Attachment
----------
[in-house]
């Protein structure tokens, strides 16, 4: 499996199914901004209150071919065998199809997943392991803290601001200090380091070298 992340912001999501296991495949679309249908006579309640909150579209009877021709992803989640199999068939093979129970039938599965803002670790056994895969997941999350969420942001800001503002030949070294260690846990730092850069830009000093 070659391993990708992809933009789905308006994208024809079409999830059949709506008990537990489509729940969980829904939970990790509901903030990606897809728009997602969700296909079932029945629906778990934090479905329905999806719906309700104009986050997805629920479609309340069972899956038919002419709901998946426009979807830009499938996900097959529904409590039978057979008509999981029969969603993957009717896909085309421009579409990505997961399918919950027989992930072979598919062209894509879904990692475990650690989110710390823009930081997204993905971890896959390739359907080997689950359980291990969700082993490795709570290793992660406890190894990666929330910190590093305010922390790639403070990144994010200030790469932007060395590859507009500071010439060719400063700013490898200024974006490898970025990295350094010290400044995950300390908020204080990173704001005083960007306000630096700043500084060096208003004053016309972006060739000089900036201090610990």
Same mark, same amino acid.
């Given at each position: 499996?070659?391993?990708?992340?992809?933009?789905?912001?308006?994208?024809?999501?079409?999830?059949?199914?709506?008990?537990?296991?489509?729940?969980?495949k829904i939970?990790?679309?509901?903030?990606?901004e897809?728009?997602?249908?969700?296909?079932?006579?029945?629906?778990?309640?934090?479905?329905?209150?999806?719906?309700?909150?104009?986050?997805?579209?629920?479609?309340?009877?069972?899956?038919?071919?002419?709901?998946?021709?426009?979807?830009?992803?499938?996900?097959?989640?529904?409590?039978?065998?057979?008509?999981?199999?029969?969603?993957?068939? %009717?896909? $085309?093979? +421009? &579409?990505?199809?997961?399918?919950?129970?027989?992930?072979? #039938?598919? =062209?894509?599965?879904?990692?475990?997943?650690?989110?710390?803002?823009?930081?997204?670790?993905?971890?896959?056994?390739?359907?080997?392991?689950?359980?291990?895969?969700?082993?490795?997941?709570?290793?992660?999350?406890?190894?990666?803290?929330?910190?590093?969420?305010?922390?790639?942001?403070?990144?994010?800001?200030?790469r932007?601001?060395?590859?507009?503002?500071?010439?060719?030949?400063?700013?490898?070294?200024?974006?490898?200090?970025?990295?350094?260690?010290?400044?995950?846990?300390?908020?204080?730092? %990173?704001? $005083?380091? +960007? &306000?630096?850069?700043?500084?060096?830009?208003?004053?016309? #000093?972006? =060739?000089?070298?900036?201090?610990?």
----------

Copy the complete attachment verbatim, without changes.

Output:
[in-house]
């Protein structure tokens, strides 16, 4: 499996199914901004209150071919065998199809997943392991803290601001200090380091070298 992340912001999501296991495949679309249908006579309640909150579209009877021709992803989640199999068939093979129970039938599965803002670790056994895969997941999350969420942001800001503002030949070294260690846990730092850069830009000093 070659391993990708992809933009789905308006994208024809079409999830059949709506008990537990489509729940969980829904939970990790509901903030990606897809728009997602969700296909079932029945629906778990934090479905329905999806719906309700104009986050997805629920479609309340069972899956038919002419709901998946426009979807830009499938996900097959529904409590039978057979008509999981029969969603993957009717896909085309421009579409990505997961399918919950027989992930072979598919062209894509879904990692475990650690989110710390823009930081997204993905971890896959390739359907080997689950359980291990969700082993490795709570290793992660406890190894990666929330910190590093305010922390790639403070990144994010200030790469932007060395590859507009500071010439060719400063700013490898200024974006490898970025990295350094010290400044995950300390908020204080990173704001005083960007306000630096700043500084060096208003004053016309972006060739000089900036201090610990």
Same mark, same amino acid.
């Given at each position: 499996?070659?391993?990708?992340?992809?933009?789905?912001?308006?994208?024809?999501?079409?999830?059949?199914?709506?008990?537990?296991?489509?729940?969980?495949k829904i939970?990790?679309?509901?903030?990606?901004e897809?728009?997602?249908?969700?296909?079932?006579?029945?629906?778990?309640?934090?479905?329905?209150?999806?719906?309700?909150?104009?986050?997805?579209?629920?479609?309340?009877?069972?899956?038919?071919?002419?709901?998946?021709?426009?979807?830009?992803?499938?996900?097959?989640?529904?409590?039978?065998?057979?008509?999981?199999?029969?969603?993957?068939? %009717?896909? $085309?093979? +421009? &579409?990505?199809?997961?399918?919950?129970?027989?992930?072979? #039938?598919? =062209?894509?599965?879904?990692?475990?997943?650690?989110?710390?803002?823009?930081?997204?670790?993905?971890?896959?056994?390739?359907?080997?392991?689950?359980?291990?895969?969700?082993?490795?997941?709570?290793?992660?999350?406890?190894?990666?803290?929330?910190?590093?969420?305010?922390?790639?942001?403070?990144?994010?800001?200030?790469r932007?601001?060395?590859?507009?503002?500071?010439?060719?030949?400063?700013?490898?070294?200024?974006?490898?200090?970025?990295?350094?260690?010290?400044?995950?846990?300390?908020?204080?730092? %990173?704001? $005083?380091? +960007? &306000?630096?850069?700043?500084?060096?830009?208003?004053?016309? #000093?972006? =060739?000089?070298?900036?201090?610990?």